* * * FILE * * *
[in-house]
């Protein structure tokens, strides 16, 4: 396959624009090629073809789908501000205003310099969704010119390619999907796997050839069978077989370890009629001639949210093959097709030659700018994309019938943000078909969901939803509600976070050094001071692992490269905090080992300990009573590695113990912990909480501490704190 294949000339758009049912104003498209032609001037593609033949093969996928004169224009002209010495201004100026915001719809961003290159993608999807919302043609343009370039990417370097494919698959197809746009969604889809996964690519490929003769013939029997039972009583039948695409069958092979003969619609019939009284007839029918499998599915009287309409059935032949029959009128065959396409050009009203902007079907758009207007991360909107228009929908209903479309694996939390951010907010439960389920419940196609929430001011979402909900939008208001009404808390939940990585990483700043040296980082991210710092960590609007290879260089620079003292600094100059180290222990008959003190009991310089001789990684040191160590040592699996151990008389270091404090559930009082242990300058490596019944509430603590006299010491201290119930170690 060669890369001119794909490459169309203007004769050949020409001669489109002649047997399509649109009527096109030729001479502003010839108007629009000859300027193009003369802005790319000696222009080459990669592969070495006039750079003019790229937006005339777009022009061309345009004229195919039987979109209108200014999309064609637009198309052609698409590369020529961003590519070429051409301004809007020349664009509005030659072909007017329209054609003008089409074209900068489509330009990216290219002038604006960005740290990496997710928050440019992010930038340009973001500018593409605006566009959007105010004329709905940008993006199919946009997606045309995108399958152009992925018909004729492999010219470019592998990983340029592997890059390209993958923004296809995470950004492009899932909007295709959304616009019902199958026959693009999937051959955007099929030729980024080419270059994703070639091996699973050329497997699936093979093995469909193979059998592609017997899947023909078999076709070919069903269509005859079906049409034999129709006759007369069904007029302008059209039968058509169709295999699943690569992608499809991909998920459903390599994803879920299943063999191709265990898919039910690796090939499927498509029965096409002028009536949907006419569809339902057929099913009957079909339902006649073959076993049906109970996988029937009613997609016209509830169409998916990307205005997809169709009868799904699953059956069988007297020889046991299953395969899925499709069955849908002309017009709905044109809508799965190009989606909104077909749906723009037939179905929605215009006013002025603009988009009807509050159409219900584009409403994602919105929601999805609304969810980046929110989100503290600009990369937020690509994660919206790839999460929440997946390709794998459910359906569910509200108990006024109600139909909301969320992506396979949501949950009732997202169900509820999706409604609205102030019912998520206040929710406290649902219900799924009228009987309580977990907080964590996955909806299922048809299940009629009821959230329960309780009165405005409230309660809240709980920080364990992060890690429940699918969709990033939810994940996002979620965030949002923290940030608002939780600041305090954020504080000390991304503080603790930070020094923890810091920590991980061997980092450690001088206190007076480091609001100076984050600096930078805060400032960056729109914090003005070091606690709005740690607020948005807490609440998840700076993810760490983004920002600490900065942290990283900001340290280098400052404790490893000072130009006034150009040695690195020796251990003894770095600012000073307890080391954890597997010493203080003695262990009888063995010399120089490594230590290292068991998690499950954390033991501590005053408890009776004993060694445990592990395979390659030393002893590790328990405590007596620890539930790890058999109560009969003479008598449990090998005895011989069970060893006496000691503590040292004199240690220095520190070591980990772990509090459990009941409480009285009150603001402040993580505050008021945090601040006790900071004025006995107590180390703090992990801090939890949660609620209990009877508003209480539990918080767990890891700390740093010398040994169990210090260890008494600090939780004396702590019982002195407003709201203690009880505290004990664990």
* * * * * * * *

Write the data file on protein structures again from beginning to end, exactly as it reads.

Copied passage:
[in-house]
């Protein structure tokens, strides 16, 4: 396959624009090629073809789908501000205003310099969704010119390619999907796997050839069978077989370890009629001639949210093959097709030659700018994309019938943000078909969901939803509600976070050094001071692992490269905090080992300990009573590695113990912990909480501490704190 294949000339758009049912104003498209032609001037593609033949093969996928004169224009002209010495201004100026915001719809961003290159993608999807919302043609343009370039990417370097494919698959197809746009969604889809996964690519490929003769013939029997039972009583039948695409069958092979003969619609019939009284007839029918499998599915009287309409059935032949029959009128065959396409050009009203902007079907758009207007991360909107228009929908209903479309694996939390951010907010439960389920419940196609929430001011979402909900939008208001009404808390939940990585990483700043040296980082991210710092960590609007290879260089620079003292600094100059180290222990008959003190009991310089001789990684040191160590040592699996151990008389270091404090559930009082242990300058490596019944509430603590006299010491201290119930170690 060669890369001119794909490459169309203007004769050949020409001669489109002649047997399509649109009527096109030729001479502003010839108007629009000859300027193009003369802005790319000696222009080459990669592969070495006039750079003019790229937006005339777009022009061309345009004229195919039987979109209108200014999309064609637009198309052609698409590369020529961003590519070429051409301004809007020349664009509005030659072909007017329209054609003008089409074209900068489509330009990216290219002038604006960005740290990496997710928050440019992010930038340009973001500018593409605006566009959007105010004329709905940008993006199919946009997606045309995108399958152009992925018909004729492999010219470019592998990983340029592997890059390209993958923004296809995470950004492009899932909007295709959304616009019902199958026959693009999937051959955007099929030729980024080419270059994703070639091996699973050329497997699936093979093995469909193979059998592609017997899947023909078999076709070919069903269509005859079906049409034999129709006759007369069904007029302008059209039968058509169709295999699943690569992608499809991909998920459903390599994803879920299943063999191709265990898919039910690796090939499927498509029965096409002028009536949907006419569809339902057929099913009957079909339902006649073959076993049906109970996988029937009613997609016209509830169409998916990307205005997809169709009868799904699953059956069988007297020889046991299953395969899925499709069955849908002309017009709905044109809508799965190009989606909104077909749906723009037939179905929605215009006013002025603009988009009807509050159409219900584009409403994602919105929601999805609304969810980046929110989100503290600009990369937020690509994660919206790839999460929440997946390709794998459910359906569910509200108990006024109600139909909301969320992506396979949501949950009732997202169900509820999706409604609205102030019912998520206040929710406290649902219900799924009228009987309580977990907080964590996955909806299922048809299940009629009821959230329960309780009165405005409230309660809240709980920080364990992060890690429940699918969709990033939810994940996002979620965030949002923290940030608002939780600041305090954020504080000390991304503080603790930070020094923890810091920590991980061997980092450690001088206190007076480091609001100076984050600096930078805060400032960056729109914090003005070091606690709005740690607020948005807490609440998840700076993810760490983004920002600490900065942290990283900001340290280098400052404790490893000072130009006034150009040695690195020796251990003894770095600012000073307890080391954890597997010493203080003695262990009888063995010399120089490594230590290292068991998690499950954390033991501590005053408890009776004993060694445990592990395979390659030393002893590790328990405590007596620890539930790890058999109560009969003479008598449990090998005895011989069970060893006496000691503590040292004199240690220095520190070591980990772990509090459990009941409480009285009150603001402040993580505050008021945090601040006790900071004025006995107590180390703090992990801090939890949660609620209990009877508003209480539990918080767990890891700390740093010398040994169990210090260890008494600090939780004396702590019982002195407003709201203690009880505290004990664990």